He had me on my back in less than a minute. Well, maybe that’s exaggerating a bit much, but within the first ten, that’s for sure. I felt completely safe as he put a book on my stomach and asked me to make it go up. When I’d come in, there was a dark color to my low range, and he was trying to help me lighten up. He took the tension out of my shoulders, my throat, my chest… In short, I realized how far I’d come as a singer, and how far I still have to go.
My abuser has a gorgeous voice, and it tickled me that I still tried to fit in some of her appoggiaturas and other stylistic choices, such as forgetting the words and making them up, along with forgetting how to count in the middle of a phrase and making up the rhythm, too. My abuser may be my abuser, but she also taught me what it was like to fly.
The more I got warmed up, the higher I went. My B and C floated off and I fell in love with my voice teacher a little bit… As sopranos do when someone shows them the way to an even higher range.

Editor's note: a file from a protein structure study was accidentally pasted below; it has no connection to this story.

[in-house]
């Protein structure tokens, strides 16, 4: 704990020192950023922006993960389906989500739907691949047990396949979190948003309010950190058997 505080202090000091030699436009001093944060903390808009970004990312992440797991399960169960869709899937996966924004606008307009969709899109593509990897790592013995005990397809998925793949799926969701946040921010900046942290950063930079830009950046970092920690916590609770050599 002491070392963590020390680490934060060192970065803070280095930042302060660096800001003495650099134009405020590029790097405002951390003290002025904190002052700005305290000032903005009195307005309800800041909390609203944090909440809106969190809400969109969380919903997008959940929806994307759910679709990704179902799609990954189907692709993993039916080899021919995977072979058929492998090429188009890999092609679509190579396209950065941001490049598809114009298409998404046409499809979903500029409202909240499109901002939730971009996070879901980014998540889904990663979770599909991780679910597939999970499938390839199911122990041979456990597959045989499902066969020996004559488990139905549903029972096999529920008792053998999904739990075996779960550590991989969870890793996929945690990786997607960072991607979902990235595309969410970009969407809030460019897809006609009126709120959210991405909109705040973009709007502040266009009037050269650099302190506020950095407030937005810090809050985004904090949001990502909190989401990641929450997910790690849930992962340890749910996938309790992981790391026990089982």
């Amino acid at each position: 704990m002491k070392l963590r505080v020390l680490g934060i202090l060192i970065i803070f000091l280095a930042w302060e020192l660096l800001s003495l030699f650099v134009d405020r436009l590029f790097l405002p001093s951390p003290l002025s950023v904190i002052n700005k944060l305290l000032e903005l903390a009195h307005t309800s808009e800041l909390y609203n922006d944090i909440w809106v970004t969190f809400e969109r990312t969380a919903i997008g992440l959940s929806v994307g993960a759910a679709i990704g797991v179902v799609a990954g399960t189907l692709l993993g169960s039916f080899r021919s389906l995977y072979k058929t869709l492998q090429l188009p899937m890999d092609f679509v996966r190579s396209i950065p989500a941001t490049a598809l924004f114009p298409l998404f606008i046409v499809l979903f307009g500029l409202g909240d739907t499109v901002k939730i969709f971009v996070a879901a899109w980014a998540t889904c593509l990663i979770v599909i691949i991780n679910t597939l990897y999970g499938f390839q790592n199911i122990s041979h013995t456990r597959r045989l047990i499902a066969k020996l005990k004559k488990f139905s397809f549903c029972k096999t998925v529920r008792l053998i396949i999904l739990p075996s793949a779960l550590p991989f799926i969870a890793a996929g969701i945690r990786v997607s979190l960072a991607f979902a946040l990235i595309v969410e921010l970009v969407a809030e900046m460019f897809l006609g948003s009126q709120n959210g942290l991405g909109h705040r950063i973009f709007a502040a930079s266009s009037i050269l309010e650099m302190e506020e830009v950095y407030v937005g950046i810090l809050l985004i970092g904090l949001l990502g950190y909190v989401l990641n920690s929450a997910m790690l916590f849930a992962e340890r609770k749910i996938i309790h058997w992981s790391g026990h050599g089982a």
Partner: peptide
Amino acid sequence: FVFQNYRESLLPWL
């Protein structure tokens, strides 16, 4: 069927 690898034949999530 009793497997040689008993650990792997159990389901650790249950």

Then my voice teacher and I started working on options for solos at church. First, we did “The Lord is My Sheperd,” by John Rutter. I wish I could remember the name of the other two, because I was so familiar with the Rutter than I wanted to sing something else to strain my brain. I chose the melody that got stuck in my head immediately like a mind worm.
I had to choose something I like and can get comfortable with, because once I’m in front of the congregation, there are so many things to think about that the words need to be muscle memory.
Even metaphorically, the book has to move.